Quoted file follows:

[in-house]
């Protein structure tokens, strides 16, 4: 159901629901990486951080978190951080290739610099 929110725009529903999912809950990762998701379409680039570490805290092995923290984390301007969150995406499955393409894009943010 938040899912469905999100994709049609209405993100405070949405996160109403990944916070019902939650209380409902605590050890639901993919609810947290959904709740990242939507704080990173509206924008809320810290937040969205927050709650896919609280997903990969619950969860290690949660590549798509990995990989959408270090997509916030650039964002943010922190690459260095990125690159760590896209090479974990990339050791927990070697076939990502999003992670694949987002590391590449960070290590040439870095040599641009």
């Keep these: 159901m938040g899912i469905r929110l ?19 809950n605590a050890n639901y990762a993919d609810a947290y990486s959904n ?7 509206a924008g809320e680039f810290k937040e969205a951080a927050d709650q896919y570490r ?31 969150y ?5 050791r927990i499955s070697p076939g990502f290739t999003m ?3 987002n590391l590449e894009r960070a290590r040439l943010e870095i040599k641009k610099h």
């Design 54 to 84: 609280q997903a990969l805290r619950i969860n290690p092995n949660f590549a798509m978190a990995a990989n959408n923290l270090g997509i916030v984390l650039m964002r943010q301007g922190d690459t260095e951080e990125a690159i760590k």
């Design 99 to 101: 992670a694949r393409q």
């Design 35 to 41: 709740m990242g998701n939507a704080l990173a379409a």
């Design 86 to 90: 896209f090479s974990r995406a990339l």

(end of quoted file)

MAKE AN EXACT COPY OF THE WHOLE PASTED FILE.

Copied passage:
[in-house]
């Protein structure tokens, strides 16, 4: 159901629901990486951080978190951080290739610099 929110725009529903999912809950990762998701379409680039570490805290092995923290984390301007969150995406499955393409894009943010 938040899912469905999100994709049609209405993100405070949405996160109403990944916070019902939650209380409902605590050890639901993919609810947290959904709740990242939507704080990173509206924008809320810290937040969205927050709650896919609280997903990969619950969860290690949660590549798509990995990989959408270090997509916030650039964002943010922190690459260095990125690159760590896209090479974990990339050791927990070697076939990502999003992670694949987002590391590449960070290590040439870095040599641009």
């Keep these: 159901m938040g899912i469905r929110l ?19 809950n605590a050890n639901y990762a993919d609810a947290y990486s959904n ?7 509206a924008g809320e680039f810290k937040e969205a951080a927050d709650q896919y570490r ?31 969150y ?5 050791r927990i499955s070697p076939g990502f290739t999003m ?3 987002n590391l590449e894009r960070a290590r040439l943010e870095i040599k641009k610099h």
């Design 54 to 84: 609280q997903a990969l805290r619950i969860n290690p092995n949660f590549a798509m978190a990995a990989n959408n923290l270090g997509i916030v984390l650039m964002r943010q301007g922190d690459t260095e951080e990125a690159i760590k």
């Design 99 to 101: 992670a694949r393409q």
């Design 35 to 41: 709740m990242g998701n939507a704080l990173a379409a």
């Design 86 to 90: 896209f090479s974990r995406a990339l």